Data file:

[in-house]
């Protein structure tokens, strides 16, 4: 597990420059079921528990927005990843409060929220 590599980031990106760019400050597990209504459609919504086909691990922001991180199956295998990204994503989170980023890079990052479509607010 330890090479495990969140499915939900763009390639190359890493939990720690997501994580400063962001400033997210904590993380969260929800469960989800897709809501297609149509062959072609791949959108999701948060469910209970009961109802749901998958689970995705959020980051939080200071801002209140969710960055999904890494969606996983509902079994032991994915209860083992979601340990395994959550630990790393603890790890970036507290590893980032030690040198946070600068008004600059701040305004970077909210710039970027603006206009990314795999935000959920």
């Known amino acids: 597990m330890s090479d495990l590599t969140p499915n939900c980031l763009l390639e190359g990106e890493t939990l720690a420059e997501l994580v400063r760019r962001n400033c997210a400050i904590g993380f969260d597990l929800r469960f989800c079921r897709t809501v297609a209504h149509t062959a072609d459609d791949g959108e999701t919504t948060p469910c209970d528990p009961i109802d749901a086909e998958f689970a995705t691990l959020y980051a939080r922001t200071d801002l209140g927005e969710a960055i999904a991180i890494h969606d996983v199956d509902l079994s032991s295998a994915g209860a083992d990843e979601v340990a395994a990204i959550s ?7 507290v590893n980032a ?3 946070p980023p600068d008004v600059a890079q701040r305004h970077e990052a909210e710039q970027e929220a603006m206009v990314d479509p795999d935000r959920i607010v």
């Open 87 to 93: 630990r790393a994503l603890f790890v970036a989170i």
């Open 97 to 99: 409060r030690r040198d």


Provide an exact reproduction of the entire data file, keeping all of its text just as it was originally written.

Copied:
[in-house]
């Protein structure tokens, strides 16, 4: 597990420059079921528990927005990843409060929220 590599980031990106760019400050597990209504459609919504086909691990922001991180199956295998990204994503989170980023890079990052479509607010 330890090479495990969140499915939900763009390639190359890493939990720690997501994580400063962001400033997210904590993380969260929800469960989800897709809501297609149509062959072609791949959108999701948060469910209970009961109802749901998958689970995705959020980051939080200071801002209140969710960055999904890494969606996983509902079994032991994915209860083992979601340990395994959550630990790393603890790890970036507290590893980032030690040198946070600068008004600059701040305004970077909210710039970027603006206009990314795999935000959920």
């Known amino acids: 597990m330890s090479d495990l590599t969140p499915n939900c980031l763009l390639e190359g990106e890493t939990l720690a420059e997501l994580v400063r760019r962001n400033c997210a400050i904590g993380f969260d597990l929800r469960f989800c079921r897709t809501v297609a209504h149509t062959a072609d459609d791949g959108e999701t919504t948060p469910c209970d528990p009961i109802d749901a086909e998958f689970a995705t691990l959020y980051a939080r922001t200071d801002l209140g927005e969710a960055i999904a991180i890494h969606d996983v199956d509902l079994s032991s295998a994915g209860a083992d990843e979601v340990a395994a990204i959550s ?7 507290v590893n980032a ?3 946070p980023p600068d008004v600059a890079q701040r305004h970077e990052a909210e710039q970027e929220a603006m206009v990314d479509p795999d935000r959920i607010v």
């Open 87 to 93: 630990r790393a994503l603890f790890v970036a989170i």
């Open 97 to 99: 409060r030690r040198d």